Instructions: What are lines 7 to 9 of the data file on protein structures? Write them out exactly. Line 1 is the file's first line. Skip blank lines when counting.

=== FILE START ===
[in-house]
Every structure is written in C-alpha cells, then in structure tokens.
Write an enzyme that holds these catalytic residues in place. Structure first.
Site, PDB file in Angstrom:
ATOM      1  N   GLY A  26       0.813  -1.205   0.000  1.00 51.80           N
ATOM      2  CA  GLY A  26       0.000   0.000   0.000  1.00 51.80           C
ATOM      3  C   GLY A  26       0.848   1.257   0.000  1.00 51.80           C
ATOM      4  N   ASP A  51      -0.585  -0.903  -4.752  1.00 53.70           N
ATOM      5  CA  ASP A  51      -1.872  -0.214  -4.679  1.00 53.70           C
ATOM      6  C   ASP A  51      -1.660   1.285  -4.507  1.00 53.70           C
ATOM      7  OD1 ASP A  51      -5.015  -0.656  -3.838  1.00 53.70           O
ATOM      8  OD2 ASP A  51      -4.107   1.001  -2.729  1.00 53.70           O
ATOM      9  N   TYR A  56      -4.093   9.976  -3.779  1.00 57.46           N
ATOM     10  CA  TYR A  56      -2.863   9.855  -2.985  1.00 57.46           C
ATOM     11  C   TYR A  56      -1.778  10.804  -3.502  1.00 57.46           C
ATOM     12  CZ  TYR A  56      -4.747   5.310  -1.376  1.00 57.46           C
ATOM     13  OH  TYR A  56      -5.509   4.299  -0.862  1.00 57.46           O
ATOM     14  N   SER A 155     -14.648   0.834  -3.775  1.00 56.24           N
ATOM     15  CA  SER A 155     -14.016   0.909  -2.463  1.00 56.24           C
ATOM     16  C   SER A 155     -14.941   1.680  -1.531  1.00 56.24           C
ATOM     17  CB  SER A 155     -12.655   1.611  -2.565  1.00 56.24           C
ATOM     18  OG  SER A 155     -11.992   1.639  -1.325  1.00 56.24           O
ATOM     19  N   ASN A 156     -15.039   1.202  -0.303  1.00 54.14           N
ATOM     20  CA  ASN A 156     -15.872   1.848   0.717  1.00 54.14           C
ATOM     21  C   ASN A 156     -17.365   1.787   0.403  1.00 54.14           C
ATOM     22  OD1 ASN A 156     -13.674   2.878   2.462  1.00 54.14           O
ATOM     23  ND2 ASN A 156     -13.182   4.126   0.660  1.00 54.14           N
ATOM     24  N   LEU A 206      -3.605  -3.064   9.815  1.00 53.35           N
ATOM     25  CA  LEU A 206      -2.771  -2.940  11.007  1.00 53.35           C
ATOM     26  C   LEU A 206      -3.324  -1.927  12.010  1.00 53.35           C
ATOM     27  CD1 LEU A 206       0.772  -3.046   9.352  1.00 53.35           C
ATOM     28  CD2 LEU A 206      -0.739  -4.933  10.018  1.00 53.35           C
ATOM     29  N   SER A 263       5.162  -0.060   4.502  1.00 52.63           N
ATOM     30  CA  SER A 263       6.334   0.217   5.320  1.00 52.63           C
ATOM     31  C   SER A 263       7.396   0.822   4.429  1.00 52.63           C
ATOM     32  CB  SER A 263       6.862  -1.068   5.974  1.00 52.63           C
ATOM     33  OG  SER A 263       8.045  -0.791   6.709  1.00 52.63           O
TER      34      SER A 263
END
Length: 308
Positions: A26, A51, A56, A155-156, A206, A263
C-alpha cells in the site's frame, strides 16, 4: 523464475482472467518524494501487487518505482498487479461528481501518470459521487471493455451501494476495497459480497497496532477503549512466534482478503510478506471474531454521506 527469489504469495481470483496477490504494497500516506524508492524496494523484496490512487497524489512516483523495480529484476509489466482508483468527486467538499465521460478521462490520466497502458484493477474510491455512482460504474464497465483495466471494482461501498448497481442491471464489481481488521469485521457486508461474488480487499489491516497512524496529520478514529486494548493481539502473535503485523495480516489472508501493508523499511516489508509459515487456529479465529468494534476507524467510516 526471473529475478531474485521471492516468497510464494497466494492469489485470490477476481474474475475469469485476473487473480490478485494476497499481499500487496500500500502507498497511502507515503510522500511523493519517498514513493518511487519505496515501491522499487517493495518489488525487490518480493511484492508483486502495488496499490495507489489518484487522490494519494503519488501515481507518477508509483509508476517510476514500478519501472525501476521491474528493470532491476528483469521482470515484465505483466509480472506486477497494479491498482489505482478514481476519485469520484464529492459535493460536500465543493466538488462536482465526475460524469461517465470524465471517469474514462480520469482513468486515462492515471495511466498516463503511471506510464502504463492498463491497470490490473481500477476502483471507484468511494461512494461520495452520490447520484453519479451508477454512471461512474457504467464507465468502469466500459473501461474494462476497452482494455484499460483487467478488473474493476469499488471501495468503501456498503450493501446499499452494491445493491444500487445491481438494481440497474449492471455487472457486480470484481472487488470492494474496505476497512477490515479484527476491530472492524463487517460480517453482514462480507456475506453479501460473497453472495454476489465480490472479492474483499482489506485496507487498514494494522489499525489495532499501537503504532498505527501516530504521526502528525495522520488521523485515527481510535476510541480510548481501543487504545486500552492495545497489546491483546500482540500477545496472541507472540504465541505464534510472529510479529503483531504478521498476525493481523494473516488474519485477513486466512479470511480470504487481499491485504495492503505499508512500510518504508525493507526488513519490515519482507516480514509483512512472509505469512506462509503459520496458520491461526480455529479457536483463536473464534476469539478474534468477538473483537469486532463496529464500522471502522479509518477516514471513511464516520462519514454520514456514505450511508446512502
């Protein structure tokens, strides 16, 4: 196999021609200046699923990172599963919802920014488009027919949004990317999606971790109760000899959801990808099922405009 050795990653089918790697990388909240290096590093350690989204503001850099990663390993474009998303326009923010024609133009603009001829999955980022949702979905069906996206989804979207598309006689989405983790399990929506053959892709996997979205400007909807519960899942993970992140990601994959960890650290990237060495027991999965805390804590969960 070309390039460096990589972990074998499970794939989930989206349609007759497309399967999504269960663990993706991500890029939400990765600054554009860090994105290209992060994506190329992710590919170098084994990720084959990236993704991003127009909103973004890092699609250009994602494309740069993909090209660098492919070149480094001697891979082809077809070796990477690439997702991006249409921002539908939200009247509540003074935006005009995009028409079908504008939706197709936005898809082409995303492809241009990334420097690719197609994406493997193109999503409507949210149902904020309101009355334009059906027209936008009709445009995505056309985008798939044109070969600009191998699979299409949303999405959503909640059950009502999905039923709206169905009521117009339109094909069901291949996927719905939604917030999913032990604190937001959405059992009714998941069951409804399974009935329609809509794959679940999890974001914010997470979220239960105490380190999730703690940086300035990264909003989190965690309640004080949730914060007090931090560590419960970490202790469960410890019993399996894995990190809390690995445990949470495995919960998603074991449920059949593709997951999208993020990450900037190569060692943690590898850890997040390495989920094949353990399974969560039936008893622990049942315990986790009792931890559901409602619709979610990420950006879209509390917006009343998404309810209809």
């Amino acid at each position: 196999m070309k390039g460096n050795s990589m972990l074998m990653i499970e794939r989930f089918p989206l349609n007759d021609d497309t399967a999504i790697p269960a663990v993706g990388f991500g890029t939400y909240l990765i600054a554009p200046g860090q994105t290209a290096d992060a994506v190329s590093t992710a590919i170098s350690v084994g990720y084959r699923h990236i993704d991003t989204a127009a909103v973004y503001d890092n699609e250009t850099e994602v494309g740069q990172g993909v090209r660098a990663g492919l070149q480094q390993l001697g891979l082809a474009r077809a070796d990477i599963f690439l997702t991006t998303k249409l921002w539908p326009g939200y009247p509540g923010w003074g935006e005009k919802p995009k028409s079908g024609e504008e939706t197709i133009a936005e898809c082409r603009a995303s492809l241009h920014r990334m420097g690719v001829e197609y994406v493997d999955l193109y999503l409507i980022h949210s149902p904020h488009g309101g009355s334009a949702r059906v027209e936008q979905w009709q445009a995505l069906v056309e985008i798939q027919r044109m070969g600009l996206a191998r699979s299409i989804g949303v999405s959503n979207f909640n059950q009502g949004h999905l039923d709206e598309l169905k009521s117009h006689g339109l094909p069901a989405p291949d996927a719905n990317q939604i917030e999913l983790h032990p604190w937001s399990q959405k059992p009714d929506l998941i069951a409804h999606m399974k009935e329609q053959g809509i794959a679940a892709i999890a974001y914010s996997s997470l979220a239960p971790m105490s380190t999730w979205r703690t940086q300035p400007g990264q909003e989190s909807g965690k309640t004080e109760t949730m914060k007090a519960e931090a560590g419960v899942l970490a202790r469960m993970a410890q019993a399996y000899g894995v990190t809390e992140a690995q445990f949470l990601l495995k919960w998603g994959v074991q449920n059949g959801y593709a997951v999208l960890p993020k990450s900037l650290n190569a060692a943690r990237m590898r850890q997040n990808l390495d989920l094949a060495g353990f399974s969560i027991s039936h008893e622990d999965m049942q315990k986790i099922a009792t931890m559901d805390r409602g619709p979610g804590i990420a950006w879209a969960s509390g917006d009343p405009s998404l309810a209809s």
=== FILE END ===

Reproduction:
ATOM      3  C   GLY A  26       0.848   1.257   0.000  1.00 51.80           C
ATOM      4  N   ASP A  51      -0.585  -0.903  -4.752  1.00 53.70           N
ATOM      5  CA  ASP A  51      -1.872  -0.214  -4.679  1.00 53.70           C